Air as Good as We Deserve
The evolution of advanced forms of animal life on Earth would not have been possible without molecular oxygen (O2), but too much of it is toxic to virtually all cells and organisms. Oxygen is the third-most abundant element in the universe after hydrogen and helium. It is formed at the heart of stars by the fusion of helium with carbon. More than 90% of the known universe is made up of hydrogen, whereas the other four major molecular building blocks of life, oxygen, carbon, nitrogen, and phosphorus, collectively account for less than a quarter of 1% of its composition. The abundance of hydrogen implies that the cooler spots in the universe are, in chemical terms, reducing environments. This means chemical energy is exchanged primarily by reactions that transfer electrons from hydrogen to suitable acceptors, such as carbon and nitrogen. These reductive processes are responsible for the production of many common, simple compounds in the universe, such as methane (CH4) and ammonia (NH3). This condition was certainly the case on Earth for billions of years, until photosynthesis appeared, which led to the generation of most of the O2 present in the atmosphere today (Gilbert, 1996).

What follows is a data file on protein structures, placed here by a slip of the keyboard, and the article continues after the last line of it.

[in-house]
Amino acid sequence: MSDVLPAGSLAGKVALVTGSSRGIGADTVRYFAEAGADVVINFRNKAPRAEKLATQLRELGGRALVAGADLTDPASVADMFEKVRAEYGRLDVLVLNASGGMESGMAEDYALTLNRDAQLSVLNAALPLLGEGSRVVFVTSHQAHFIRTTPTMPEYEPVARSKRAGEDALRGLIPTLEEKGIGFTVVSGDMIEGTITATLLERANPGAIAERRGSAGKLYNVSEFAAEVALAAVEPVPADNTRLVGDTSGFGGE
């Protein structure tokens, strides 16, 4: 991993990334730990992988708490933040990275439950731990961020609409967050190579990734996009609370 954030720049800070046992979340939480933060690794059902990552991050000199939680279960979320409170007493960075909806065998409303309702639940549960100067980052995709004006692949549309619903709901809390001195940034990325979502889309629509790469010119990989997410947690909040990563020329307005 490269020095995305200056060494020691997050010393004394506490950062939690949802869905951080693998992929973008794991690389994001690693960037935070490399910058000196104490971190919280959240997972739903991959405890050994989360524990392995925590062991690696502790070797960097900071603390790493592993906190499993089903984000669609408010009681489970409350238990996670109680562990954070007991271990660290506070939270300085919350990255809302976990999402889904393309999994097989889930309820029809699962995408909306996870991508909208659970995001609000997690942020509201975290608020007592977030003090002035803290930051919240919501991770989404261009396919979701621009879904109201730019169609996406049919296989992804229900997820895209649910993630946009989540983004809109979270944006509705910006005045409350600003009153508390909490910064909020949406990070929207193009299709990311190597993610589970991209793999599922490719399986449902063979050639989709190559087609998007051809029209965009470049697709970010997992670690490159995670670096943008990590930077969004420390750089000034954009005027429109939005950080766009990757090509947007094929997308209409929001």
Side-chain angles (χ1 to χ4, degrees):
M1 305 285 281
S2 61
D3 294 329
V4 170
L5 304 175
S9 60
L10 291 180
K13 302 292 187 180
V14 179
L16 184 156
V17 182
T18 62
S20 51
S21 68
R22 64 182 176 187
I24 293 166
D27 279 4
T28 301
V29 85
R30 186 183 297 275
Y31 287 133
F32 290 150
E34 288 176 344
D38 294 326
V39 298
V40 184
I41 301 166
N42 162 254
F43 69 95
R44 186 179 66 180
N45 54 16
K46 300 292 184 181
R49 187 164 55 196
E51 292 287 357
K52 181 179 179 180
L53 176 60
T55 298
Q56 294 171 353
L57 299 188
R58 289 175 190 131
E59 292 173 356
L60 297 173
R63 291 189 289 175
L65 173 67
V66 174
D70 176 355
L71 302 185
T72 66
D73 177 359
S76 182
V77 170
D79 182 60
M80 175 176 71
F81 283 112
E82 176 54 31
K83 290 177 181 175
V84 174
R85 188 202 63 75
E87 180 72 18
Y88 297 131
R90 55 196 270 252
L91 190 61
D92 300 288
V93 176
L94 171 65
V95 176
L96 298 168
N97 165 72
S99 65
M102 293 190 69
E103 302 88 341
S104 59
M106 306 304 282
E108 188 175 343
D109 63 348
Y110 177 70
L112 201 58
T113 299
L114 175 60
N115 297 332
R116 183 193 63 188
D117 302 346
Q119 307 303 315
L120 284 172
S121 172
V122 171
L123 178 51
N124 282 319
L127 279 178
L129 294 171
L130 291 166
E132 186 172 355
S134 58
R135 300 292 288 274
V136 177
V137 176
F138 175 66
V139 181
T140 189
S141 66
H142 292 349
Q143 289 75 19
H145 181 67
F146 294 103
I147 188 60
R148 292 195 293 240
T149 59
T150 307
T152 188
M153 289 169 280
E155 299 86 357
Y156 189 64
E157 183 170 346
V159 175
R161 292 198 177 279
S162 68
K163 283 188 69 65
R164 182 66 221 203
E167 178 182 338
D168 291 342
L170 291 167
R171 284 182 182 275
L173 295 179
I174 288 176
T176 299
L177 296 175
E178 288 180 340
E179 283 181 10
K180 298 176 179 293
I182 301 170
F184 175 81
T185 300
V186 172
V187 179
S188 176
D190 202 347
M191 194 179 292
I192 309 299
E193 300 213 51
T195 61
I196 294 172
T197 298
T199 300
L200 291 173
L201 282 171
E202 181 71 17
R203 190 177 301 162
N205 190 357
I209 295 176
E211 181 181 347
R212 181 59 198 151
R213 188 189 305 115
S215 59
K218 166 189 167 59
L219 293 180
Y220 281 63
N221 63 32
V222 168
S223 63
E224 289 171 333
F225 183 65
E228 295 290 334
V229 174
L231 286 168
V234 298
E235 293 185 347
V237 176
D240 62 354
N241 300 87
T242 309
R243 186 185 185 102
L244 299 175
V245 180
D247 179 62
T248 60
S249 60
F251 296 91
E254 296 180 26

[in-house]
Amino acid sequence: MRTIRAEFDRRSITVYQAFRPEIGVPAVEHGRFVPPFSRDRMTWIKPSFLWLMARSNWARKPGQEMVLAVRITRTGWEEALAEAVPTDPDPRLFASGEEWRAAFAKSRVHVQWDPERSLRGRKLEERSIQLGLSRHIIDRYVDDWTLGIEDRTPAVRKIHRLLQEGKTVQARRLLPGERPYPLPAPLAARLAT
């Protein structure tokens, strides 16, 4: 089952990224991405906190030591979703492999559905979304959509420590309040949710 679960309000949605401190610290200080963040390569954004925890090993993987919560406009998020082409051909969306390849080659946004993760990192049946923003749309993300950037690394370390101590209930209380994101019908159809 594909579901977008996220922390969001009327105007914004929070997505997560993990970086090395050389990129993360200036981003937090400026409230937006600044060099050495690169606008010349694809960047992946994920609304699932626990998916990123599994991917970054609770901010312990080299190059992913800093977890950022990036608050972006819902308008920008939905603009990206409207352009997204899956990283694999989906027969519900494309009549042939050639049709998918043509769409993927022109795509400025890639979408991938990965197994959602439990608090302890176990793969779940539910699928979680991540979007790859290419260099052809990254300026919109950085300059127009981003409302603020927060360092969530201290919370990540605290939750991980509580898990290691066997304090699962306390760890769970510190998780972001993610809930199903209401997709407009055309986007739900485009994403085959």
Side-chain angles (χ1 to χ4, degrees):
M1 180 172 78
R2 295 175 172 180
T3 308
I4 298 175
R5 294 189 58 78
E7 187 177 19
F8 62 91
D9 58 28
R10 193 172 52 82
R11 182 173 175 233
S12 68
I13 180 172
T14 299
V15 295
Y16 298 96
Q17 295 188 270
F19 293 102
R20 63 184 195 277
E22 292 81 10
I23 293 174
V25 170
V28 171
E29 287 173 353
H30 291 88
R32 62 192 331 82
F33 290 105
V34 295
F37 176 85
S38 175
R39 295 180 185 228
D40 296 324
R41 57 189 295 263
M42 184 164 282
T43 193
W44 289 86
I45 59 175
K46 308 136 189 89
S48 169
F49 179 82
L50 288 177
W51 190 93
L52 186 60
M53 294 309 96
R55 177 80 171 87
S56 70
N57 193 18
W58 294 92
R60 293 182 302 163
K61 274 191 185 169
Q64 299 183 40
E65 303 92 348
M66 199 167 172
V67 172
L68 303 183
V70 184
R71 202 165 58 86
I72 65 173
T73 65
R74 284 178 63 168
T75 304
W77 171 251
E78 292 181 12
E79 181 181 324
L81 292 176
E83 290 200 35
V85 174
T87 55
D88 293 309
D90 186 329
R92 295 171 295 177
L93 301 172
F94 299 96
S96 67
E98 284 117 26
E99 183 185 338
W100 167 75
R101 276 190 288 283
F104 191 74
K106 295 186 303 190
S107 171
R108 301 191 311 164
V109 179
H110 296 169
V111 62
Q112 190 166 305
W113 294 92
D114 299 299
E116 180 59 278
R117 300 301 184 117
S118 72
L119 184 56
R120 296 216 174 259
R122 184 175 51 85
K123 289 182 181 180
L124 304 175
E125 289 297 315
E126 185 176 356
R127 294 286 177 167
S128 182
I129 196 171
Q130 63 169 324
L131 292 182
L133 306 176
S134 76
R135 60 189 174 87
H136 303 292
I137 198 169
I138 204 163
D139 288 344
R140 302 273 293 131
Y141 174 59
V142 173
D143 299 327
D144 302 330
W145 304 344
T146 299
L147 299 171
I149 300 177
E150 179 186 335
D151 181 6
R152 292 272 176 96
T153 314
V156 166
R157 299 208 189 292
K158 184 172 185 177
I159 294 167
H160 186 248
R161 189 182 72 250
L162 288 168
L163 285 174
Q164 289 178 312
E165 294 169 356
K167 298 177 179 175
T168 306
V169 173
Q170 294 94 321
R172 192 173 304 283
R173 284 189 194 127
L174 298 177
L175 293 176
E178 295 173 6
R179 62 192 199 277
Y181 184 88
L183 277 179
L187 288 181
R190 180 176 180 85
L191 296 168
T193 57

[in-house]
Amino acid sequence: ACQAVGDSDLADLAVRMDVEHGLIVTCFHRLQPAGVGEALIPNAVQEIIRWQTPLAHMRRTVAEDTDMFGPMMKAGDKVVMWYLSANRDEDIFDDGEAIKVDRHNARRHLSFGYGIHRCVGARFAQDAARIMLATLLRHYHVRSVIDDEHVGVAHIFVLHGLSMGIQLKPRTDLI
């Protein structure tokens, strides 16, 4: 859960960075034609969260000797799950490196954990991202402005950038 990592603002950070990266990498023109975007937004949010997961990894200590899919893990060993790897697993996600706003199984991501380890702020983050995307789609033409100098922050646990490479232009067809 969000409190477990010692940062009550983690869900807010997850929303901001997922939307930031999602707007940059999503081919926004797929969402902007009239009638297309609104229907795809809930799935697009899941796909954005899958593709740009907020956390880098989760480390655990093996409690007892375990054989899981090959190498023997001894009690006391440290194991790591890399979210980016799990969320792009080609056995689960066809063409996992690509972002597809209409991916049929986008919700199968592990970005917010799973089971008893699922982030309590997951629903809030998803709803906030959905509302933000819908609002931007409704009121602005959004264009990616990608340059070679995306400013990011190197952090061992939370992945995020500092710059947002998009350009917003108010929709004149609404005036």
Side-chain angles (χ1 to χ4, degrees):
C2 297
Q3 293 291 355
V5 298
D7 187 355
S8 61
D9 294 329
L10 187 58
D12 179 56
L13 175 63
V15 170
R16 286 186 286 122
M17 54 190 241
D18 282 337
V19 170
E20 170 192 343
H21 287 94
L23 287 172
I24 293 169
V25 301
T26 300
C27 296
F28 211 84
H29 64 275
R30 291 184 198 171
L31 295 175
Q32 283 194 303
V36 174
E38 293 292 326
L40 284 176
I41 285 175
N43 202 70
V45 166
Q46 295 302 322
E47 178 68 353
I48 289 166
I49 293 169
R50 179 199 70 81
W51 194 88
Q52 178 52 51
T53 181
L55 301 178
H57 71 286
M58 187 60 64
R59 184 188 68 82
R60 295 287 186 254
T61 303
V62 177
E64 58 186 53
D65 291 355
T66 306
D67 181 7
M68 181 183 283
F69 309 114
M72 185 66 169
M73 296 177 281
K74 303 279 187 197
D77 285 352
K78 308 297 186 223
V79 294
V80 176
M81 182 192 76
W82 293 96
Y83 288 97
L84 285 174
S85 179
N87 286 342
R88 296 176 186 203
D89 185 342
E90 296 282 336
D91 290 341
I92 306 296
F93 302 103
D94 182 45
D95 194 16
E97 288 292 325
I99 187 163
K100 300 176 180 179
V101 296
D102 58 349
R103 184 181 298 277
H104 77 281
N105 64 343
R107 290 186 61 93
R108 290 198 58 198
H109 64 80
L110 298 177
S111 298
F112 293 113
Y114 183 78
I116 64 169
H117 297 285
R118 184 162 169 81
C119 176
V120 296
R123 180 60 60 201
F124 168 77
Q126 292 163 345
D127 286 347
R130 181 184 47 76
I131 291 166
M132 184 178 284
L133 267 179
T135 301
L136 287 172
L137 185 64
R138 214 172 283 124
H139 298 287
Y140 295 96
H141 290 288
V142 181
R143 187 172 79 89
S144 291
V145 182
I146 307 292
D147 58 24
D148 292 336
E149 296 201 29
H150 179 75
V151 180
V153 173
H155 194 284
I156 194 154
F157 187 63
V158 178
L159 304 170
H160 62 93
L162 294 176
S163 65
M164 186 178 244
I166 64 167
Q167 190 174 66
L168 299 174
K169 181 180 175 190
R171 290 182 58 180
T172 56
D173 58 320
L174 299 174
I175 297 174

The earliest life forms on Earth were unicellular organisms without a nucleus, (prokaryotes), which would have been destroyed by exposure to molecular oxy-